Tied to timing the turn in US rates, the risk remains EM outflows, which have persisted throughout the year, although at a slower pace than in 2022. Our view is that EM spreads could come under pressure if selling continues, although EM hard currency funds have historically never seen two consecutive years of outflows[10].

Investor implications

Despite the pressure from rising interest rates, EM credit has delivered positive returns this year[11]. The supportive macroeconomic conditions that have prevailed in 2023, we believe, are expected to continue into 2024. Given our view that we are nearing the peak in US interest rates, we believe the opportunity to lock in yields (and hence income) at these levels is rare.

Furthermore, the strong prevailing technical factors we are currently experiencing – issuance remaining low, with supportive cashflows and investor cash balances high – add weight to our conviction.

The above is an extract from our Q4 Active Insights publication.


[1] Source: Bloomberg as at September 2023.

[2] Source: Bloomberg as at September 2023.

[3] Source: JP Morgan as at 30 September 2023.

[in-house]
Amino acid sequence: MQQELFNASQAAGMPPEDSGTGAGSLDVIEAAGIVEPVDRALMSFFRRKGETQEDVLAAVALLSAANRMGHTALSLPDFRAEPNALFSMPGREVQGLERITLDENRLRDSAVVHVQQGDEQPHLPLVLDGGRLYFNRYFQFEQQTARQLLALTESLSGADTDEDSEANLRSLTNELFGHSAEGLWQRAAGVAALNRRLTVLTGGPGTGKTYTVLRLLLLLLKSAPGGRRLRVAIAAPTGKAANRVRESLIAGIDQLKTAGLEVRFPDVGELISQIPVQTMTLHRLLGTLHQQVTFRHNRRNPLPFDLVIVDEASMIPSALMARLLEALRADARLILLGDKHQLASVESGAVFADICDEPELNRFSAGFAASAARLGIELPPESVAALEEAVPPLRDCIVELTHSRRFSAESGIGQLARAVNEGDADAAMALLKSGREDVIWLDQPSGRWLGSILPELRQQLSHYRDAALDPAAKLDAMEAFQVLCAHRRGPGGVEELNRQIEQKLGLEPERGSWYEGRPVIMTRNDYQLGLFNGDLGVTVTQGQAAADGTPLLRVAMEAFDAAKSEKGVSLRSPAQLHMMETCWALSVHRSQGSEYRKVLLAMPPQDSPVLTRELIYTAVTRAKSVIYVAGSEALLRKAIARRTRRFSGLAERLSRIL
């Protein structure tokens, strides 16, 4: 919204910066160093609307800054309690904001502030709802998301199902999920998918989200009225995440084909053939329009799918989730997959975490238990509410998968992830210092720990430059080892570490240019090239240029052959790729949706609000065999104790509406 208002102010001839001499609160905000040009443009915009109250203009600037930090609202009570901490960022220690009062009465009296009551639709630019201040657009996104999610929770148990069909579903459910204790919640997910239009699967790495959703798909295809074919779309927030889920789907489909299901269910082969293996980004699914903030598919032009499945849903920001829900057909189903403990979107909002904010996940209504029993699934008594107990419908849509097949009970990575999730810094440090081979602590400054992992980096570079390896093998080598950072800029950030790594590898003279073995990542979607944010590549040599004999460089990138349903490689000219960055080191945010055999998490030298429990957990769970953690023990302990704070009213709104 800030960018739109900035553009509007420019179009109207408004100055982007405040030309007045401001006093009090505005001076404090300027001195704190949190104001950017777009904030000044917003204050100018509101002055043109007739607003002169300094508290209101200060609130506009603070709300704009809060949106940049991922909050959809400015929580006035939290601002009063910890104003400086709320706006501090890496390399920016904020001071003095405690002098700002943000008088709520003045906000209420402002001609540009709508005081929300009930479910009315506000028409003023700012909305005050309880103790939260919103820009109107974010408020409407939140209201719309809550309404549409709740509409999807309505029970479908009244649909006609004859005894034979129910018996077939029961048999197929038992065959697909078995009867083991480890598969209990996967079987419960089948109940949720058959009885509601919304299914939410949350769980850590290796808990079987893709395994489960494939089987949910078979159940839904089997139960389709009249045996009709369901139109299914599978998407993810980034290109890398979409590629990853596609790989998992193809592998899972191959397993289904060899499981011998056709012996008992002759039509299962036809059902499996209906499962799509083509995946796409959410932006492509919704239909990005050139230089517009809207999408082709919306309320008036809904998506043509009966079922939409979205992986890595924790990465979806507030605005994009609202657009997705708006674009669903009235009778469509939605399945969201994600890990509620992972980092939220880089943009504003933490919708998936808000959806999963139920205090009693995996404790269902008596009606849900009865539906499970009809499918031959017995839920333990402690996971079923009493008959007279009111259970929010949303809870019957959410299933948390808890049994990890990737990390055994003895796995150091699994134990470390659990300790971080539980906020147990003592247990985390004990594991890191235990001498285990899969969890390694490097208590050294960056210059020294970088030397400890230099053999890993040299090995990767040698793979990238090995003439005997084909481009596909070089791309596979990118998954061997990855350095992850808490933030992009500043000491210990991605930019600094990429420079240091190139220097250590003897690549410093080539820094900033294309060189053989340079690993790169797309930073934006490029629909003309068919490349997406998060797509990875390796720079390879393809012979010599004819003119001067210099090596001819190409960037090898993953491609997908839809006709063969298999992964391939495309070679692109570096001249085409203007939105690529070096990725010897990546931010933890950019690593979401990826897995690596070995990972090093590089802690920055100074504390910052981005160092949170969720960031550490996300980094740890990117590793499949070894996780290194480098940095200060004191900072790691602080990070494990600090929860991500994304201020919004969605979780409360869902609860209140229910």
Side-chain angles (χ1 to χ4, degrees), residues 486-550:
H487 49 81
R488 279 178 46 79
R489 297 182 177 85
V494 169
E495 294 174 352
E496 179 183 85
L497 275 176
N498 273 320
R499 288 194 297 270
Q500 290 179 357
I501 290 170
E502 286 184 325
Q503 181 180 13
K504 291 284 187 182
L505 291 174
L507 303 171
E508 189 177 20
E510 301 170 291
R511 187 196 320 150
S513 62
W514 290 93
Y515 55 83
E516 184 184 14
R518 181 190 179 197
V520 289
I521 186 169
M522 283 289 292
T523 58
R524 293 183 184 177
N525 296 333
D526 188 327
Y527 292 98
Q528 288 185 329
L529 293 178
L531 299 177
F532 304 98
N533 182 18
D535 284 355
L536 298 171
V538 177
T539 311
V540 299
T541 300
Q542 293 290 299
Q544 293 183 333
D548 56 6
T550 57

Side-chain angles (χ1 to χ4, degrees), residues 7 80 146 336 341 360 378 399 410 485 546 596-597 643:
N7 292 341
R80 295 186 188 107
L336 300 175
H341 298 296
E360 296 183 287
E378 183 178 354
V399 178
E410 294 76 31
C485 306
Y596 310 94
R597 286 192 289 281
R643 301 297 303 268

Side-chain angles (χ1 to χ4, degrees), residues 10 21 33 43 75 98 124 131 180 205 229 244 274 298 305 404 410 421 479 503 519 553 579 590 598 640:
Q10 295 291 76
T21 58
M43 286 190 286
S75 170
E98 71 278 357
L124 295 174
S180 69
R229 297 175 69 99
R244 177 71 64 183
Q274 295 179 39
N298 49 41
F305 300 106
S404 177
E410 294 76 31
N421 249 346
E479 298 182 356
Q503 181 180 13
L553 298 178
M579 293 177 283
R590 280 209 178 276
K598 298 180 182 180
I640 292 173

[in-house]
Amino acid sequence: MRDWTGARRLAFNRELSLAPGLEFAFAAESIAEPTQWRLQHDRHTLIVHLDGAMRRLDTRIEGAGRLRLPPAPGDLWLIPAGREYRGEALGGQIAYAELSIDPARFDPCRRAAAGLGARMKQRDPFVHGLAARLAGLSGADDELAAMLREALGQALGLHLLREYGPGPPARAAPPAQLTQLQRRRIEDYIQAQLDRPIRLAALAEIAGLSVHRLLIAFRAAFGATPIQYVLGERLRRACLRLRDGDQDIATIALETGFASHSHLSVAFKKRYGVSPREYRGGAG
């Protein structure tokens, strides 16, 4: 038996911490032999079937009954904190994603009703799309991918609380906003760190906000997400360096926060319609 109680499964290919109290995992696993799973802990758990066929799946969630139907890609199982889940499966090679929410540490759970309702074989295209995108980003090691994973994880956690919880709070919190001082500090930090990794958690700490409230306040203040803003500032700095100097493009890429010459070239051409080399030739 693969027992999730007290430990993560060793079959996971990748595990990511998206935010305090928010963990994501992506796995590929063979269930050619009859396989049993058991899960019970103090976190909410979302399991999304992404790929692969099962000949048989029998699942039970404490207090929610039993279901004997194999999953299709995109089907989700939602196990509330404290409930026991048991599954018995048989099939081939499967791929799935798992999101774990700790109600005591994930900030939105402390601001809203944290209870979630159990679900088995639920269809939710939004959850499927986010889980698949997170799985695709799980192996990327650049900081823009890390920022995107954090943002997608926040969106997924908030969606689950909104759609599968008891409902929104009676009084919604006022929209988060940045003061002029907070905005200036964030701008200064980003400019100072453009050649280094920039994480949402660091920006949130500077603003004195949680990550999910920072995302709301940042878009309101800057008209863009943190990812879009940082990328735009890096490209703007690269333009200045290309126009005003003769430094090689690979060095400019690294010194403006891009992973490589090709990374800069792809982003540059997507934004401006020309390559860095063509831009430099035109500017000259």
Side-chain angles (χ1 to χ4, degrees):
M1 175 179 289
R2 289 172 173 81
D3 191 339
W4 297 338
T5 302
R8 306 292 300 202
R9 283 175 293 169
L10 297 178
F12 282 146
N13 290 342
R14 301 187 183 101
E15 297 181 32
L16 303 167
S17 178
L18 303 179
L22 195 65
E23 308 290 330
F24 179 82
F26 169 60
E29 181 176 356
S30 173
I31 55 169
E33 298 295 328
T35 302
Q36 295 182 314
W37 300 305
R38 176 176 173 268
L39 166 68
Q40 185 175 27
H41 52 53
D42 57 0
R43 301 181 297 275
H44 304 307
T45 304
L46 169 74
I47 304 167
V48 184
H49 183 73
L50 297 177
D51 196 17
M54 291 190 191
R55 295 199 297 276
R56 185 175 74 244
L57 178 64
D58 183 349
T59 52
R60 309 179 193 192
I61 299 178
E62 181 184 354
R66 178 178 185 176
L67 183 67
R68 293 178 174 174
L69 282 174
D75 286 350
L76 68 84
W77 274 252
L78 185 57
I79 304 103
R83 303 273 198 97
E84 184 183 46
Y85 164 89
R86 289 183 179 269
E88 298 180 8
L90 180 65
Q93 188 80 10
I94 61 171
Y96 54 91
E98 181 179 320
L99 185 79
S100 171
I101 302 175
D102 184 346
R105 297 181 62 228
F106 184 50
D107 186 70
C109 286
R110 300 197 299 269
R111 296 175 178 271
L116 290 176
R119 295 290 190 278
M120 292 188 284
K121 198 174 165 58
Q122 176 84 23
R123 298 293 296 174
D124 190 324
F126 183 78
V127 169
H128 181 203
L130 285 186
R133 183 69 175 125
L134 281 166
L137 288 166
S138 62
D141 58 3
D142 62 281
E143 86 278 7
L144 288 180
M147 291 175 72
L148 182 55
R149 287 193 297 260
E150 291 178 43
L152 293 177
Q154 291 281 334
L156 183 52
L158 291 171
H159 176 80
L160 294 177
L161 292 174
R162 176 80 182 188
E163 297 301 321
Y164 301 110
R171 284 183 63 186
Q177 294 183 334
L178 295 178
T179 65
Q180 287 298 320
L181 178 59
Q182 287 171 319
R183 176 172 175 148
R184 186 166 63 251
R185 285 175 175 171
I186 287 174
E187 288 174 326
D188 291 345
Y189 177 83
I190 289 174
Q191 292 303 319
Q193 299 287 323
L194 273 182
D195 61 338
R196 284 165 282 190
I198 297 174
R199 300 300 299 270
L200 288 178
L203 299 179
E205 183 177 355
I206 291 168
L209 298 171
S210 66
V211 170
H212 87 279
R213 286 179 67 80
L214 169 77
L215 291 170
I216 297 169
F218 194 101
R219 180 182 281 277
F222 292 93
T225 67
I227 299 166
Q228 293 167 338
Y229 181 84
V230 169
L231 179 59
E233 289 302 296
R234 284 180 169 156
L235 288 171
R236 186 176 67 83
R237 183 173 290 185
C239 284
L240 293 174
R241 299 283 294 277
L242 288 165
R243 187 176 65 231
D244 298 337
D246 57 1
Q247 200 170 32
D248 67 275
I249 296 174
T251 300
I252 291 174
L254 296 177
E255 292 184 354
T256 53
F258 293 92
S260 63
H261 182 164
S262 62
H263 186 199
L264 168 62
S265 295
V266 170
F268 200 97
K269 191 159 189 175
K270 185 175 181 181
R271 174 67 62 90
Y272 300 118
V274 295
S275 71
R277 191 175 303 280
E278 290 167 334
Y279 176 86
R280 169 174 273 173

[4] Source: IMF as at June 2023.

[5] Source: IMF as at June 2023. Assumptions, opinions and estimates are provided for illustrative purposes only. There is no guarantee that any forecasts made will come to pass.

[6] Source: Bloomberg as at September 2023.

[7] Source: JPM EMBI GD Index as at end September 2023.

[8] Source: JPM CEMBI BD Index as at end September 2023.

[9] Source: JPM, Bloomberg Finance L.P. as at end of September 2023.

[10] Source: JPM, Bloomberg Finance L.P. as at 23 August 2023.

[11] Source: Bloomberg as at 29 September in total return terms for EM hard currency credit.

Raza Agha

Head of Emerging Markets Credit Strategy

Raza Agha joined LGIM as Head of Emerging Markets Credit Strategy in February 2019. He has over 23 years of experience in EM sovereign credit/macro research and strategy at commercial, investment, multilateral and central banks. Raza was most recently at VTB Capital in London where he was Chief Economist, Middle East and Africa, while also servicing internal clients on global emerging markets. He has previously worked with the Royal Bank of Scotland, Samba Financial Group, Bear Stearns, Central Bank of Pakistan, Abn Amro, and has been a consultant to the World Bank and Asian Development Bank. Raza graduated from Cornell University with two Master’s degrees in public administration and development policy. His undergraduate degree is in Economics from University College London.

Raza Agha

Viraj Nadgir

Fixed Income Investment Specialist, Fixed Income / Global Fixed Income

Viraj is a Fixed Income Investment Specialist within the Global Fixed Income Team having over 10 years of experience in the finance industry. He joined LGIM in 2021 and previously worked at JP Morgan Asset Management within the Fixed Income Investment Specialist team covering US Investment grade strategies. He has also worked at Royal Bank of Scotland alongside the Debt Capital Markets team. Viraj holds a Master’s degree in Finance from University of Mumbai.

Viraj Nadgir